Pine Beetle Infestation Signs

The Southern Pine Beetle, smaller than a grain of rice, destroyed over 14,000 acres of pines in New Jersey in 12 months. Signature pine forests from New Mexico to British Columbia have been wiped out by the pine beetle. Montana lost 1,000,000 acres to the beetle in 2008, while Wyoming and Colorado lost 2,000,000 acres the same year. The largest known forest destruction by insect occurred in British Columbia when 33,000,000 acres of Lodgepole pines were destroyed.

A black, hard-shelled beetle drills through pine bark and digs a tunnel in the wood to lay eggs. The larvae hatch under the bark and feed on sweet cambium that provides nutrients to the tree. The larvae inject a fungus to stop the tree from moving sap. This fungus stains the wood blue. The fungi disrupts water flow to the crown of the tree, killing it. The tree emits a white resin into the drill hole to fend off the beetle, but the pines aren’t able to put out enough resin in drought conditions, so the beetle win the battle for life.

The Mountain Pine Beetle is the most important pine killing insect in western North America. Outbreaks of infestation destroy Lodgepole and Ponderosa pines. The life-cycle of the beetle is one year. To kill these beetles, there would have to be a severe freeze in early fall or spring while the insect was in the larval or pupal stage. The temperatures would have to be 30 degrees Fahrenheit below zero, sustained for five or more days. There are no labeled pesticides for use against the pine beetle.

The visible signs that pine beetles have invaded include hardened sap on the outside of the tree. There would be brown boring dust in bark crevices at the base of the tree. The eggs are laid in S-shaped forms along the burrowing tunnels that are packed with feces and bark dust. When the bark is pulled back from the tree, fine sawdust will fall out where the beetle has made her tunnels. Pines that have died and fallen to the ground due to infestation will soon have piles of sawdust along each side of the tree. While standing next to a tree that has fallen or to logs cut and stacked on the ground, one can hear the beetles burrowing inside the pine.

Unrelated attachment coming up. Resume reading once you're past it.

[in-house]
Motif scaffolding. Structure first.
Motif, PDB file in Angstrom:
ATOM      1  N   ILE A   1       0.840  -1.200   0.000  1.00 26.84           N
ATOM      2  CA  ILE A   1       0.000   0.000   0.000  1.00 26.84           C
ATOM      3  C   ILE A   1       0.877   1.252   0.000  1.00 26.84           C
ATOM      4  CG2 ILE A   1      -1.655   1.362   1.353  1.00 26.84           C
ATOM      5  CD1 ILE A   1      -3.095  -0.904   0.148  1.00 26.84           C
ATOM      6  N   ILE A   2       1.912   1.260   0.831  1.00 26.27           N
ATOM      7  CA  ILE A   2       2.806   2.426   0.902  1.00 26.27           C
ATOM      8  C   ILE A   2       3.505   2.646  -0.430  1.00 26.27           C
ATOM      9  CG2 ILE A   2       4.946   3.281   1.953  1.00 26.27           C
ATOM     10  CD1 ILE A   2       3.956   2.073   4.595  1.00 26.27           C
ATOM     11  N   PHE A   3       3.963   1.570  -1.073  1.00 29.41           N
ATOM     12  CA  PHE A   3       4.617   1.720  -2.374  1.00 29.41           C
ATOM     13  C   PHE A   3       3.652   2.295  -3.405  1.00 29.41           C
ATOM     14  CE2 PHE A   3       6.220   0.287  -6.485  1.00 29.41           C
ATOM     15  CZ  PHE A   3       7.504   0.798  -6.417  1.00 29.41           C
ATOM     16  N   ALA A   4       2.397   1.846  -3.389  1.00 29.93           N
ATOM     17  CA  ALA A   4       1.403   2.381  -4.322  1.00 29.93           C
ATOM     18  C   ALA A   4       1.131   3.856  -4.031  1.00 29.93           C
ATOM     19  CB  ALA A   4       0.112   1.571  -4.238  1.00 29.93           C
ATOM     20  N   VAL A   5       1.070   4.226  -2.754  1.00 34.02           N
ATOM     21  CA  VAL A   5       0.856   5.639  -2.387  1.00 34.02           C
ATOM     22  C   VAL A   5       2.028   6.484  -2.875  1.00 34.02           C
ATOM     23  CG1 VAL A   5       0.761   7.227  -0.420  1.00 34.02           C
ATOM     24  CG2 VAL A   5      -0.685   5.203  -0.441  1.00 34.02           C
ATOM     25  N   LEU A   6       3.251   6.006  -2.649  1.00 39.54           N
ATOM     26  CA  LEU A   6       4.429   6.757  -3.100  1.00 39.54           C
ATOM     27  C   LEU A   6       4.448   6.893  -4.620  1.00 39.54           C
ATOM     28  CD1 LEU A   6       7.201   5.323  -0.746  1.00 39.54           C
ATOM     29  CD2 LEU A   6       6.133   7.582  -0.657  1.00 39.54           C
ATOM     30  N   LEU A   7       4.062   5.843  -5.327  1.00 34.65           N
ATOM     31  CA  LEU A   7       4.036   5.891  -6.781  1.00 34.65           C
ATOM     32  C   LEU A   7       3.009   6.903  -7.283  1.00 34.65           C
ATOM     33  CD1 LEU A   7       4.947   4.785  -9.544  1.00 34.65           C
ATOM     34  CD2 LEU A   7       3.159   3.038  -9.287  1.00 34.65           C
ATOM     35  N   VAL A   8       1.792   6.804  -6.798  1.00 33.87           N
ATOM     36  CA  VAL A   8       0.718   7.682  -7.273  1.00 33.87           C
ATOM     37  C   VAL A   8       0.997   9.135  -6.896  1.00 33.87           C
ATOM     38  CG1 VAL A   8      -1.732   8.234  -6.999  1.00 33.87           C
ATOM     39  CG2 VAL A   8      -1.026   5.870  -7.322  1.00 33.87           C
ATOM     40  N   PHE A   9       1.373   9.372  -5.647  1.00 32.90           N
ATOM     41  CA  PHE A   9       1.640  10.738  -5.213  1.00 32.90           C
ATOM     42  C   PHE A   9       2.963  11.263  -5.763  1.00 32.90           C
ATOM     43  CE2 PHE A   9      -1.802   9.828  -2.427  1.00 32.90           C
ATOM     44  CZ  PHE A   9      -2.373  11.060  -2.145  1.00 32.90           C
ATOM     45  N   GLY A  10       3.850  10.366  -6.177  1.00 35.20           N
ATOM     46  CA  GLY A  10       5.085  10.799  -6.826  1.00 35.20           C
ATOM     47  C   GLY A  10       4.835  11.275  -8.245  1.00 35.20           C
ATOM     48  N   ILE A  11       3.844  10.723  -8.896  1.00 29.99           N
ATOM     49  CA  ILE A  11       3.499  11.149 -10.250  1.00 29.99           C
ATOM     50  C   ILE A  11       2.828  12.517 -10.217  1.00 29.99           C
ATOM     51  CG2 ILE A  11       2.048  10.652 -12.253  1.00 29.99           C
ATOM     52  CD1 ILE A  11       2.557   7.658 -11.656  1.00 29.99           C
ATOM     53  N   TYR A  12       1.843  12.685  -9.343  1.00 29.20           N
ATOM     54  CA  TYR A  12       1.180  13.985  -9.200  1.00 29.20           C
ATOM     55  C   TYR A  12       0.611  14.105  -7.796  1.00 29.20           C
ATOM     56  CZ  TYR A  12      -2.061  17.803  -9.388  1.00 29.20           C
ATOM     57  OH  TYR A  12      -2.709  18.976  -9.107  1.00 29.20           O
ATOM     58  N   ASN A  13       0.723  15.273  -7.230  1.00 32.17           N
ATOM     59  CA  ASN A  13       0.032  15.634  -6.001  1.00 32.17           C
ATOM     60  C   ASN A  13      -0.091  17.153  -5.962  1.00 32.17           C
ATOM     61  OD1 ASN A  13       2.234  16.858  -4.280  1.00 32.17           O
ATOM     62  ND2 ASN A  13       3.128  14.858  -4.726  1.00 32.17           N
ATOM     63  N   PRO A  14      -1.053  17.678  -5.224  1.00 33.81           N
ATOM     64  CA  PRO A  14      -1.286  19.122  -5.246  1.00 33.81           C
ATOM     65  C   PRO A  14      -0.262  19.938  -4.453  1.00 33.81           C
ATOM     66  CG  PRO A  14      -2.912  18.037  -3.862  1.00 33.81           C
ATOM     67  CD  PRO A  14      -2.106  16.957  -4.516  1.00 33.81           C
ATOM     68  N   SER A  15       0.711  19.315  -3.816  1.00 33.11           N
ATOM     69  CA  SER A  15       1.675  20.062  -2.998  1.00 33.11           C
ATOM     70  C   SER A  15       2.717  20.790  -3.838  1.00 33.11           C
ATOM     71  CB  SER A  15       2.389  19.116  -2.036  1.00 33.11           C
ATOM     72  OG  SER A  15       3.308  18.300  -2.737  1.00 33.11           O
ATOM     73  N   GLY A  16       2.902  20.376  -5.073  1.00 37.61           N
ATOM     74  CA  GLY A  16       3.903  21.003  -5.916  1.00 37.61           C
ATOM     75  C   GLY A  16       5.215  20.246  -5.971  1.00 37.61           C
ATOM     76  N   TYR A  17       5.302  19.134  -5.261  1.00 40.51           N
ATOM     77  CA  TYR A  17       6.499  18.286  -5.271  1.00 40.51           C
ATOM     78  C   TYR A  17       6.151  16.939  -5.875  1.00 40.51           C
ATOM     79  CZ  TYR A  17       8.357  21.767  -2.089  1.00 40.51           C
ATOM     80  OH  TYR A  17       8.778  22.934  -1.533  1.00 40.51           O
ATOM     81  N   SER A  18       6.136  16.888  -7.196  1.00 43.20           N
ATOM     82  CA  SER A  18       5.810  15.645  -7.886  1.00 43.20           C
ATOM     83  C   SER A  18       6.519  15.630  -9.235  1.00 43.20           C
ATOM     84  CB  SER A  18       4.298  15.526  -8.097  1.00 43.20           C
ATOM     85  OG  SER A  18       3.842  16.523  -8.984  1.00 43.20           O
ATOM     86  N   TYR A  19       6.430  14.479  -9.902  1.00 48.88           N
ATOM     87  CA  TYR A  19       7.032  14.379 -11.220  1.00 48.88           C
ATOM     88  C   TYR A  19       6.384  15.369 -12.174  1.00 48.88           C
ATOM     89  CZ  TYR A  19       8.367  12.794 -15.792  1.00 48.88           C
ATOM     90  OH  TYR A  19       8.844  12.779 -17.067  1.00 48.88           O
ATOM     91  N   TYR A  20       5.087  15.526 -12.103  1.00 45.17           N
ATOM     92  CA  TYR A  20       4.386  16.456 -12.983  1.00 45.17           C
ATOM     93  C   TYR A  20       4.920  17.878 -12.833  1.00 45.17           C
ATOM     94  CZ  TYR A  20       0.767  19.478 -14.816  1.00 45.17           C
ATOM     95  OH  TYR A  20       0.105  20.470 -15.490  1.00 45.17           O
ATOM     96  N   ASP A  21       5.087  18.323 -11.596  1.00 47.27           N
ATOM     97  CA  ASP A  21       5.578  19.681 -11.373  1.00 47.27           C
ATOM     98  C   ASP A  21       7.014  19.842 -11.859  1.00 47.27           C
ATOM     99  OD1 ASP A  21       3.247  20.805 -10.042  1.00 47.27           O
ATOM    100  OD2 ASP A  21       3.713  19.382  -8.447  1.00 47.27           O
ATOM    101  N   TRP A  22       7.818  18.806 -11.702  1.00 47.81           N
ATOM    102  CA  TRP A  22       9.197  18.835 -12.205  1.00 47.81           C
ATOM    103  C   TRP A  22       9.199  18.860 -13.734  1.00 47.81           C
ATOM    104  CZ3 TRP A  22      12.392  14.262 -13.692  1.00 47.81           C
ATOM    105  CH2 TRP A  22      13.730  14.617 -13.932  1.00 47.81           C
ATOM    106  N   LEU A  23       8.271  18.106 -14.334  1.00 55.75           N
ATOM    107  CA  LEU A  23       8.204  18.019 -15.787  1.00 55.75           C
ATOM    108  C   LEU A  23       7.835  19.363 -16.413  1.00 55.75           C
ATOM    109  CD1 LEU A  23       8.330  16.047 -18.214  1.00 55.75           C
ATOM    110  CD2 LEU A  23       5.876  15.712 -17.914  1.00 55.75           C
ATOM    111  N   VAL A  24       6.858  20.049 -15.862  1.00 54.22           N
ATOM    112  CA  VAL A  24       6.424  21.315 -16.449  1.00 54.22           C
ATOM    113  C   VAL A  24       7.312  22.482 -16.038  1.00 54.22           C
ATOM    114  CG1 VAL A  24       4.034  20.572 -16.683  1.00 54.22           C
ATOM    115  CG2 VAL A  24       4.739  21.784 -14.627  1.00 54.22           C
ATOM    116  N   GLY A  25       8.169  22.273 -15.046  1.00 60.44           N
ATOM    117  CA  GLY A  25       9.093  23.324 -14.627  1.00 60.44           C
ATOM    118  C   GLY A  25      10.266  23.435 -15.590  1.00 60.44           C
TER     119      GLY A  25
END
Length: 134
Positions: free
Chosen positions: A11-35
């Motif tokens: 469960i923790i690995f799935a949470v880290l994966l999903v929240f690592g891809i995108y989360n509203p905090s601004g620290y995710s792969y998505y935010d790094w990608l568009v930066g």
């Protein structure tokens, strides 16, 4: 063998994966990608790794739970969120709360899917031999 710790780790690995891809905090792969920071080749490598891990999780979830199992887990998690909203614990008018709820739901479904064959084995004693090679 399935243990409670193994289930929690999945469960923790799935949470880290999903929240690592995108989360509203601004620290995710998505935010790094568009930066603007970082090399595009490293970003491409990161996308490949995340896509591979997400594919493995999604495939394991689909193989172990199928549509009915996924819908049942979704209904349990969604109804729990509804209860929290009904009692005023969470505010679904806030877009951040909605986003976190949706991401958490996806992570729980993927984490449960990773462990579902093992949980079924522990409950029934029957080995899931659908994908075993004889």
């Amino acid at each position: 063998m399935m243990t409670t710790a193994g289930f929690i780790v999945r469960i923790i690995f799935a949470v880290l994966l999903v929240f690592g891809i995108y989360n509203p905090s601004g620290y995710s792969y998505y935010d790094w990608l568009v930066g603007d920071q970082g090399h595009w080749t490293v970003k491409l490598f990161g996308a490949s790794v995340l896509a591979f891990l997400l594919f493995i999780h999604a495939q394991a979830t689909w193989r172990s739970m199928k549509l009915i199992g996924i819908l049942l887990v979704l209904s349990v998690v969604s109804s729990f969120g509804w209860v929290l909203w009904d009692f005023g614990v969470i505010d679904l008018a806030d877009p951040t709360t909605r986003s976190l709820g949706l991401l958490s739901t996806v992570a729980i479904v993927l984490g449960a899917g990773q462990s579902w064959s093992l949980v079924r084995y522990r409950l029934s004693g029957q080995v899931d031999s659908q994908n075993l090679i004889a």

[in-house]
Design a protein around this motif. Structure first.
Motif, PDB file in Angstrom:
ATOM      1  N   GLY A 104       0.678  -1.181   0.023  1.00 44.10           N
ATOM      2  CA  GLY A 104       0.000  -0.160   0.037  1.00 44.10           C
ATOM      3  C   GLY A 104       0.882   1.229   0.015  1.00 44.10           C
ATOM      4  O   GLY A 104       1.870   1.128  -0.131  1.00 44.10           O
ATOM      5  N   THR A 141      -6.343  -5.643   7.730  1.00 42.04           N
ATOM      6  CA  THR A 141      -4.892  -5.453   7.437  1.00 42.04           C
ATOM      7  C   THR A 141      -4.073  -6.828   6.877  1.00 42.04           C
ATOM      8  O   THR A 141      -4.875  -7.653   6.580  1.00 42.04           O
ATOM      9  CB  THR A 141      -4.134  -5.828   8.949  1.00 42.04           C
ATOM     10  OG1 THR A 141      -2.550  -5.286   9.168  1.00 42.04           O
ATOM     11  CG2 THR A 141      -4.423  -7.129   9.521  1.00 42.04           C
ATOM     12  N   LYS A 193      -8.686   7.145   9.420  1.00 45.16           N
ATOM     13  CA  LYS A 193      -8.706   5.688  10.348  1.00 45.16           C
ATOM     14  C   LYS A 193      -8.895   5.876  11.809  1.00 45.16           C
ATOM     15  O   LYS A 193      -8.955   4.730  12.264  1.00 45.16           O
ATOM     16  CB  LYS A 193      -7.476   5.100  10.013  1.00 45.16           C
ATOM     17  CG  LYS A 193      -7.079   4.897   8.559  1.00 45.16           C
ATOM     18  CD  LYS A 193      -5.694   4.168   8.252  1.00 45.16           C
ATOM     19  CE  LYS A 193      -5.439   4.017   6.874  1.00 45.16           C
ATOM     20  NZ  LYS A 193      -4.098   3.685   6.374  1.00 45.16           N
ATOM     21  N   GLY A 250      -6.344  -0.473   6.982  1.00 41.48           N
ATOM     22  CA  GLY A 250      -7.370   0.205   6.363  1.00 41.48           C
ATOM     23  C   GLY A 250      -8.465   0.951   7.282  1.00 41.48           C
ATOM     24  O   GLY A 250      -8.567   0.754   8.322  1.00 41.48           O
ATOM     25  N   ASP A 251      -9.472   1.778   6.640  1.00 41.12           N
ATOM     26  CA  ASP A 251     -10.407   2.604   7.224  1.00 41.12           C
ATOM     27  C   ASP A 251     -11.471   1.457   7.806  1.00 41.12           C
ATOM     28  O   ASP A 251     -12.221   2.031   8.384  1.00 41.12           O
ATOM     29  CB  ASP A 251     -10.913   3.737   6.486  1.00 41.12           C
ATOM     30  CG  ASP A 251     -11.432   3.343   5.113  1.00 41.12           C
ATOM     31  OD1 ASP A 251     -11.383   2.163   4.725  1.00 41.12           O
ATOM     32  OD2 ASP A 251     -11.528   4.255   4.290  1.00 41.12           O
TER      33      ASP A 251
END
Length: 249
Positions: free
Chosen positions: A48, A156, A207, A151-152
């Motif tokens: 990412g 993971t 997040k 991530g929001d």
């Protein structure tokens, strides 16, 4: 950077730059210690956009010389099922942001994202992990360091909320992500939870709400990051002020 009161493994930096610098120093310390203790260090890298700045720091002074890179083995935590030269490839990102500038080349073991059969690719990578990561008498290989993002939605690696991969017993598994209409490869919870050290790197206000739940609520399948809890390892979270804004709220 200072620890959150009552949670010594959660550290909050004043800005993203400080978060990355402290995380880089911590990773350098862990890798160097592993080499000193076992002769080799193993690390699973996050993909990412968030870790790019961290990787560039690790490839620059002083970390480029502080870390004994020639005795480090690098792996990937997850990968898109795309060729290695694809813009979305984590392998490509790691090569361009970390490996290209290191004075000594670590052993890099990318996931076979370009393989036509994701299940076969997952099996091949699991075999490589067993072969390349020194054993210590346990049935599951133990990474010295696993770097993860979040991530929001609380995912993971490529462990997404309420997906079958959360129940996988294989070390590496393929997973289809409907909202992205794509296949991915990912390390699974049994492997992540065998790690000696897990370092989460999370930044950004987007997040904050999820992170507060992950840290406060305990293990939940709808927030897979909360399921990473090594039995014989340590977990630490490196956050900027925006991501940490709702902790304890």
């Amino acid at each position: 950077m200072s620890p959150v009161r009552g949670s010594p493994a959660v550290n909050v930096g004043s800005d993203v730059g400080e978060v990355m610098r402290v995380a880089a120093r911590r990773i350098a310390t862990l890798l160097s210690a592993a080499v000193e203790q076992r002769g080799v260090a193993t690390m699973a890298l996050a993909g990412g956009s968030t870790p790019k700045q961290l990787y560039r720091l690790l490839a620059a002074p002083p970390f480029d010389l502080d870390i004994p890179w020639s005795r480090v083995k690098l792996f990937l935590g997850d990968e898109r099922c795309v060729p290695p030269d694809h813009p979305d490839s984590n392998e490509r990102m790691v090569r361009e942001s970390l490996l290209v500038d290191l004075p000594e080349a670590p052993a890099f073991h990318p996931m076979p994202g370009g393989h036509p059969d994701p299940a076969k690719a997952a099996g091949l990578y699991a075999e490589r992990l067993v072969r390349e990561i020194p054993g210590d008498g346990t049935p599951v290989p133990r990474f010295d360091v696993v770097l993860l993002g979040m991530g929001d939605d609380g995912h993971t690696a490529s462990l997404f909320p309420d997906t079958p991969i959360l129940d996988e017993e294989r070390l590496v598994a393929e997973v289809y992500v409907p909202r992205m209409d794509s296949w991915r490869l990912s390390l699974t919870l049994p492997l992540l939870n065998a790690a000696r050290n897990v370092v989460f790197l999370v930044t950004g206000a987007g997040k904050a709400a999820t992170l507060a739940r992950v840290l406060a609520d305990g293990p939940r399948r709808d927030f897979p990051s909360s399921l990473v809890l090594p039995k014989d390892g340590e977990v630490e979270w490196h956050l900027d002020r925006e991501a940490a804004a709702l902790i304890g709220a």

The Pine Engraver Beetle is only found in the state of Georgia in the Eastern White pines. The beetle is brown to black in color and measures .14 to 0.2-inches long. It has four teeth on each side of the rear. Signs that forests have been invaded include the yellow or red tree crowns noticed when the trees have died. White sawdust at the base of the tree indicates the presence of the beetles. The only measures that can be taken to control the beetle is the cutting and removal of infested and dead trees.

Pines most at risk of infestation are those that are weakened due to drought conditions and those that are overcrowded, receiving less sunlight. To protect pines on private property, an individual would need to inspect his trees on a regular basis. Pines that have been invaded should be cut down and removed so the tree can be burned with the adult beetles and any eggs or larvae inside.

Although there are several species of the pine beetle, the end result of an infestation is the same. The signs are virtually the same, as well. The crowns – top canopy of branches – turn yellow or rust red, indicating the tree is dead or dying. Sawdust behind the bark, tunnels filled with larvae and feces, and brown dust in the crevices of outer bark are all indicators of the presence of pine beetles. Peeling back the bark will reveal smooth groves or tunnels where the eggs had been laid. A loud clicking sound can be heard from the engraver beetle in the White Pines of Georgia. Cut logs from the dead pines will reveal streaks of blue from the fungi.